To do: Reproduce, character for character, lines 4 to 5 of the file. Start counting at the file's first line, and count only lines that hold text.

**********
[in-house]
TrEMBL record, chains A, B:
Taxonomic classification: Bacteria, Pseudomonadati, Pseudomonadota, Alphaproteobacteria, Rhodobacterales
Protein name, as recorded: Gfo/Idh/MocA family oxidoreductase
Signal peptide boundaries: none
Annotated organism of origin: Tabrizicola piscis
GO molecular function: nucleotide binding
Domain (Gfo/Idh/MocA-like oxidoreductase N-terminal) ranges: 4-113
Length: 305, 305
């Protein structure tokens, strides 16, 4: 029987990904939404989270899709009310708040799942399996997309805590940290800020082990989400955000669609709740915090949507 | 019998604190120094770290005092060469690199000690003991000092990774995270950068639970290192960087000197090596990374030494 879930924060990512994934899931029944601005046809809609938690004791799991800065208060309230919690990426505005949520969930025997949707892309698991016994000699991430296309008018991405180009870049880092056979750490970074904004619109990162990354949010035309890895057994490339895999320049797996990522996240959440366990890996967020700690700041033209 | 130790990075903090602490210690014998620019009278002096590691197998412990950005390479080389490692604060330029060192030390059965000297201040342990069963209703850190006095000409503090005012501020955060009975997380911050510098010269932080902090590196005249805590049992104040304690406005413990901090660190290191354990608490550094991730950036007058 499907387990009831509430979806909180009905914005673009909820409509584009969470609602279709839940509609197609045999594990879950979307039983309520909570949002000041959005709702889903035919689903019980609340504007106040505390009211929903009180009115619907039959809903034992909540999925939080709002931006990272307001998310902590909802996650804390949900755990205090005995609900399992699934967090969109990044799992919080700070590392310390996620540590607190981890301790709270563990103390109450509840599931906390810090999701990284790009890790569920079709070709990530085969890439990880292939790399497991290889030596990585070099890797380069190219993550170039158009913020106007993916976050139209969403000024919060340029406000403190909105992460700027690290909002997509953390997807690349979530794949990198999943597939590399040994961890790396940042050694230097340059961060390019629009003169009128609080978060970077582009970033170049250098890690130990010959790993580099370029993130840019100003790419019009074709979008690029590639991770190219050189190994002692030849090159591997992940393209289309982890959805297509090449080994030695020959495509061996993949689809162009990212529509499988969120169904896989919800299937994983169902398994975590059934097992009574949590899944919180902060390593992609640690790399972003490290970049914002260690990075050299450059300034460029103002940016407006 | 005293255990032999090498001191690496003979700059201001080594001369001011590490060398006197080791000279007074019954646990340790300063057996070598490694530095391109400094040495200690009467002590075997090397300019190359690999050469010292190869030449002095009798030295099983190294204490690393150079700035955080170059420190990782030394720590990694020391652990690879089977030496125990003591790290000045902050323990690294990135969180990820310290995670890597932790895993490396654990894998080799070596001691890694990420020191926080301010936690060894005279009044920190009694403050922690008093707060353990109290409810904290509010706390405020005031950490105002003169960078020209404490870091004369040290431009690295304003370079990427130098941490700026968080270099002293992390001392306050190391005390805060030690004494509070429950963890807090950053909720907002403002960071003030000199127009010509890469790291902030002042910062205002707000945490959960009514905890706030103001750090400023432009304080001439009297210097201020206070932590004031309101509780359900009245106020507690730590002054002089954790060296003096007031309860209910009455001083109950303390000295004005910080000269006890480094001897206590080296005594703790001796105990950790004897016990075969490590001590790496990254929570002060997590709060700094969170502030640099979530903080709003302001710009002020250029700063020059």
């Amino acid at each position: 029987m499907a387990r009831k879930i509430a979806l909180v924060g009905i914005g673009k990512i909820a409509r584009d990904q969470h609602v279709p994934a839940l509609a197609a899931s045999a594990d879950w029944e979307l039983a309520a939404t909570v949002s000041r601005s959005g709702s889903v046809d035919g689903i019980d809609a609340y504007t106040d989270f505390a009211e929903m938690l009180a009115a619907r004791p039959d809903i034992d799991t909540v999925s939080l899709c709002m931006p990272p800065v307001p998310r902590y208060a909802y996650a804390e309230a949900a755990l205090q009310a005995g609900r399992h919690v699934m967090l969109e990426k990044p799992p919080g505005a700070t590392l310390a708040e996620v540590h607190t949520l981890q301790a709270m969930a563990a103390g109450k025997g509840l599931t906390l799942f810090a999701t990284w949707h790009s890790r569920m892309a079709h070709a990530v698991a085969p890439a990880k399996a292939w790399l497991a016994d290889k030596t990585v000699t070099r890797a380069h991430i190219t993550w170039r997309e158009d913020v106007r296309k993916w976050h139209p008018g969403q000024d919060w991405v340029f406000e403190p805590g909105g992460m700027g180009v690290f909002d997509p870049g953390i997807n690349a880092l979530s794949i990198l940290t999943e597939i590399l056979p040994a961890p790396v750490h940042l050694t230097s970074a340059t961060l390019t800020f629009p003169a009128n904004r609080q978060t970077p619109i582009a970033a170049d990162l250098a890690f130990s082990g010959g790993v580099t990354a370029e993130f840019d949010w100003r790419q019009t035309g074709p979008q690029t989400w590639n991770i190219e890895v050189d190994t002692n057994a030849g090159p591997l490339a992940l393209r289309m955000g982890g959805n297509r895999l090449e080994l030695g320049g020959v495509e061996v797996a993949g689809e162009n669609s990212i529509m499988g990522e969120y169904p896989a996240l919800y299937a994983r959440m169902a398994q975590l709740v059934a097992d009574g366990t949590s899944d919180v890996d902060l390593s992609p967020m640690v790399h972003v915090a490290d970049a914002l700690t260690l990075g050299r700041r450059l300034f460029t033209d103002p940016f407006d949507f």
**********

Protein name, as recorded: Gfo/Idh/MocA family oxidoreductase
Signal peptide boundaries: none